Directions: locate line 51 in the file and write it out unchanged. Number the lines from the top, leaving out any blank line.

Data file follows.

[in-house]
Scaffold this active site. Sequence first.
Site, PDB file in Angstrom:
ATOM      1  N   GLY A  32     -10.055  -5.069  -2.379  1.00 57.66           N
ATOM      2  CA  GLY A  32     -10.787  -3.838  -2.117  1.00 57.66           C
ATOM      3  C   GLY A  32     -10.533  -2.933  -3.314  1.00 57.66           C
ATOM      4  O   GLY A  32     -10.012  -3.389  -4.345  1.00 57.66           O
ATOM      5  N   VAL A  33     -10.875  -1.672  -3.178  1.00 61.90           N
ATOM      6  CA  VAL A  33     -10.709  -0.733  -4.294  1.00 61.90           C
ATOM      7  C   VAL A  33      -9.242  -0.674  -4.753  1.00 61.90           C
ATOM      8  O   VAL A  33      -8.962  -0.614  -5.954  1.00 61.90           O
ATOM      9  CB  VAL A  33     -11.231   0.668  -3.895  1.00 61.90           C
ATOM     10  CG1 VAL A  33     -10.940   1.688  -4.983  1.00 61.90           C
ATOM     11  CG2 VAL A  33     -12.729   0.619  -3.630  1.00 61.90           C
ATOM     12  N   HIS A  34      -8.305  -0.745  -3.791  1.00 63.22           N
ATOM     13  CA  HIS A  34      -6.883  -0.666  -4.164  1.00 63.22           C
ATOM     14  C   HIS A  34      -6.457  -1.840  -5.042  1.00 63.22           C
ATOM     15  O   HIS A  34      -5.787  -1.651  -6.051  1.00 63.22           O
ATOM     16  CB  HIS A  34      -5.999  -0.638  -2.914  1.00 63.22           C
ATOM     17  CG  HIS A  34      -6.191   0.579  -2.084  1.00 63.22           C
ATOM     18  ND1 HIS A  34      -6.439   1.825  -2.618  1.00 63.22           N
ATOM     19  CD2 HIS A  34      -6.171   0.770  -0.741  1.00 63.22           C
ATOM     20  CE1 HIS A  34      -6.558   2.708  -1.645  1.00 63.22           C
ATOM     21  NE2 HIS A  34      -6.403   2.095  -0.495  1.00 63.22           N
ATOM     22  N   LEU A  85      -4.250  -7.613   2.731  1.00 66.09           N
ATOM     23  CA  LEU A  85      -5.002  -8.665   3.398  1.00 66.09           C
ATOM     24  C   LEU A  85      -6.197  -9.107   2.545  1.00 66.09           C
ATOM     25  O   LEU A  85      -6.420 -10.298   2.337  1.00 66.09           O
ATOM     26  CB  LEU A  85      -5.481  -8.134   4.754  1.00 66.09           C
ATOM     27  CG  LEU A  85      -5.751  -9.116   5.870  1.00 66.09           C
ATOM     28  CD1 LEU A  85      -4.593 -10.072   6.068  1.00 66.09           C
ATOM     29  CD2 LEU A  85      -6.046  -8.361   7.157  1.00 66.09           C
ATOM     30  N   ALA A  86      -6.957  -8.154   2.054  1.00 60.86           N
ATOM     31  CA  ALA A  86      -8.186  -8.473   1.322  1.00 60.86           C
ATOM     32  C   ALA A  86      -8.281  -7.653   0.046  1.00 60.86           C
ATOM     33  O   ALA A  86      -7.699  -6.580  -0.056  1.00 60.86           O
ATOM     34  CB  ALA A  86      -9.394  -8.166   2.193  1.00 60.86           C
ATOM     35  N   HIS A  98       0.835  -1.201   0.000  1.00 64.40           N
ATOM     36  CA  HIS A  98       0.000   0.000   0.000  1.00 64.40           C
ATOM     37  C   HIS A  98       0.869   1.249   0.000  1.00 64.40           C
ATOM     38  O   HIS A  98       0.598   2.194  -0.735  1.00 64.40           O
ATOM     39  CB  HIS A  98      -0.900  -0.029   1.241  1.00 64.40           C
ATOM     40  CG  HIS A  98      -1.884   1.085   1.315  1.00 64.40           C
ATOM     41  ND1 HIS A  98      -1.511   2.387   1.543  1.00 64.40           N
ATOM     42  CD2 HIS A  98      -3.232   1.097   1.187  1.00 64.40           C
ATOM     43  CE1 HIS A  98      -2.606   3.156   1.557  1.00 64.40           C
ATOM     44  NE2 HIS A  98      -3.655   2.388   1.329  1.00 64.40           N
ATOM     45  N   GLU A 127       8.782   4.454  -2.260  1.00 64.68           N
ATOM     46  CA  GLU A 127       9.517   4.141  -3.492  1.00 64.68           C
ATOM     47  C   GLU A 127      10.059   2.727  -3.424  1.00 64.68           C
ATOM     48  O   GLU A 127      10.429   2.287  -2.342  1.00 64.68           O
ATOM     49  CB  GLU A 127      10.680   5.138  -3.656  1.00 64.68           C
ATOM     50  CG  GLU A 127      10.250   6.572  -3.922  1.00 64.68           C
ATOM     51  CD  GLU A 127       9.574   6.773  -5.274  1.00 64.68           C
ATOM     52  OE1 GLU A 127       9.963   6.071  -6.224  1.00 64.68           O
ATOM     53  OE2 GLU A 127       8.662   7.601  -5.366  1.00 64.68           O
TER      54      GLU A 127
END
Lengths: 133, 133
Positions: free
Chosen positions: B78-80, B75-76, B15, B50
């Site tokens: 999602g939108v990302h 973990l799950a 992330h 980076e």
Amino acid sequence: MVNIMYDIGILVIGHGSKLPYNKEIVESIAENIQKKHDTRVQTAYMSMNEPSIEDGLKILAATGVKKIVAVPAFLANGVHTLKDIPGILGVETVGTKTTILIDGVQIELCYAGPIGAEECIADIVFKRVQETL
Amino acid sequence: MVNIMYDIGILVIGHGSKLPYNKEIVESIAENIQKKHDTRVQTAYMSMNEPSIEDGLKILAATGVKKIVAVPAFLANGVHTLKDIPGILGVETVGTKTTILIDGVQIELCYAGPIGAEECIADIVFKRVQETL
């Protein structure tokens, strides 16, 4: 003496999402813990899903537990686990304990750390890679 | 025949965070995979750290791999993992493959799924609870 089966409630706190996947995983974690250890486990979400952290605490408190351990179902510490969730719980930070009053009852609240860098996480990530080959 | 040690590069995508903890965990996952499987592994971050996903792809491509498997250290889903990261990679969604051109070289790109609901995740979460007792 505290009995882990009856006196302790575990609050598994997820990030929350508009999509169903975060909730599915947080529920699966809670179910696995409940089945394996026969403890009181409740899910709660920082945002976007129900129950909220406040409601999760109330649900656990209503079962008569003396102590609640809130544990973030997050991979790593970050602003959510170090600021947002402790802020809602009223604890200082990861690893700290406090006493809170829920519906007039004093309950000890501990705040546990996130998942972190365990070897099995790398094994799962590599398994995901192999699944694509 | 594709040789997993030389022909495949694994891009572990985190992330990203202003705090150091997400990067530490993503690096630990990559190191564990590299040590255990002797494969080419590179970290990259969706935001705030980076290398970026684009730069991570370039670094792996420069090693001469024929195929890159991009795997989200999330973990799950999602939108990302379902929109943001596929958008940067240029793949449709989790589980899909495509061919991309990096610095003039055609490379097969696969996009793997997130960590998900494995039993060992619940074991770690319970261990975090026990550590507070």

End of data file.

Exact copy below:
ATOM     48  O   GLU A 127      10.429   2.287  -2.342  1.00 64.68           O